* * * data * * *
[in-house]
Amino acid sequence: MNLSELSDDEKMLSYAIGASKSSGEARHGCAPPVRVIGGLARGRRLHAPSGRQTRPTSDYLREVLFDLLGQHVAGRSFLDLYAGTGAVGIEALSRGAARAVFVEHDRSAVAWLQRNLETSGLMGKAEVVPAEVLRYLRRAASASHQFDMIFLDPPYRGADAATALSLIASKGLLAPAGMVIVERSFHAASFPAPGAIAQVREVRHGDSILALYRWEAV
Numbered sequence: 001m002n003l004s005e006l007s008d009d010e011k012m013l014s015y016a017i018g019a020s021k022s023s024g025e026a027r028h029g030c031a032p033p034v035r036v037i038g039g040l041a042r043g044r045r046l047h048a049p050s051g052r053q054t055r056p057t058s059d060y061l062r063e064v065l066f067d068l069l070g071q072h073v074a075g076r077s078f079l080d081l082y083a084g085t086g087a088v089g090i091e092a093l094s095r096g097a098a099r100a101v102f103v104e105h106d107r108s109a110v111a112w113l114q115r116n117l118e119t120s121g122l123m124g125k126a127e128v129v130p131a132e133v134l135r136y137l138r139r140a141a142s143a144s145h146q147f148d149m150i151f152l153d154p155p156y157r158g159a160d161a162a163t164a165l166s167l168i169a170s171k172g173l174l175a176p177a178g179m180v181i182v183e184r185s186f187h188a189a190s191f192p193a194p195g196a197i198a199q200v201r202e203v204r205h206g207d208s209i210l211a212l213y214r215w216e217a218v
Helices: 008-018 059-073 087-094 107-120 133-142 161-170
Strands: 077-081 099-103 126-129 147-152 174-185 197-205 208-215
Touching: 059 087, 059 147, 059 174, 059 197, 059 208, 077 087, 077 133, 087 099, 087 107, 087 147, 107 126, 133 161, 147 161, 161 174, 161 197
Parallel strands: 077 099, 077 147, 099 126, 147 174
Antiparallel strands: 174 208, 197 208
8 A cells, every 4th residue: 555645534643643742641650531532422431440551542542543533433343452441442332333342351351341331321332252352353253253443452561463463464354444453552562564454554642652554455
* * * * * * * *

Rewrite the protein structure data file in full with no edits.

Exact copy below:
[in-house]
Amino acid sequence: MNLSELSDDEKMLSYAIGASKSSGEARHGCAPPVRVIGGLARGRRLHAPSGRQTRPTSDYLREVLFDLLGQHVAGRSFLDLYAGTGAVGIEALSRGAARAVFVEHDRSAVAWLQRNLETSGLMGKAEVVPAEVLRYLRRAASASHQFDMIFLDPPYRGADAATALSLIASKGLLAPAGMVIVERSFHAASFPAPGAIAQVREVRHGDSILALYRWEAV
Numbered sequence: 001m002n003l004s005e006l007s008d009d010e011k012m013l014s015y016a017i018g019a020s021k022s023s024g025e026a027r028h029g030c031a032p033p034v035r036v037i038g039g040l041a042r043g044r045r046l047h048a049p050s051g052r053q054t055r056p057t058s059d060y061l062r063e064v065l066f067d068l069l070g071q072h073v074a075g076r077s078f079l080d081l082y083a084g085t086g087a088v089g090i091e092a093l094s095r096g097a098a099r100a101v102f103v104e105h106d107r108s109a110v111a112w113l114q115r116n117l118e119t120s121g122l123m124g125k126a127e128v129v130p131a132e133v134l135r136y137l138r139r140a141a142s143a144s145h146q147f148d149m150i151f152l153d154p155p156y157r158g159a160d161a162a163t164a165l166s167l168i169a170s171k172g173l174l175a176p177a178g179m180v181i182v183e184r185s186f187h188a189a190s191f192p193a194p195g196a197i198a199q200v201r202e203v204r205h206g207d208s209i210l211a212l213y214r215w216e217a218v
Helices: 008-018 059-073 087-094 107-120 133-142 161-170
Strands: 077-081 099-103 126-129 147-152 174-185 197-205 208-215
Touching: 059 087, 059 147, 059 174, 059 197, 059 208, 077 087, 077 133, 087 099, 087 107, 087 147, 107 126, 133 161, 147 161, 161 174, 161 197
Parallel strands: 077 099, 077 147, 099 126, 147 174
Antiparallel strands: 174 208, 197 208
8 A cells, every 4th residue: 555645534643643742641650531532422431440551542542543533433343452441442332333342351351341331321332252352353253253443452561463463464354444453552562564454554642652554455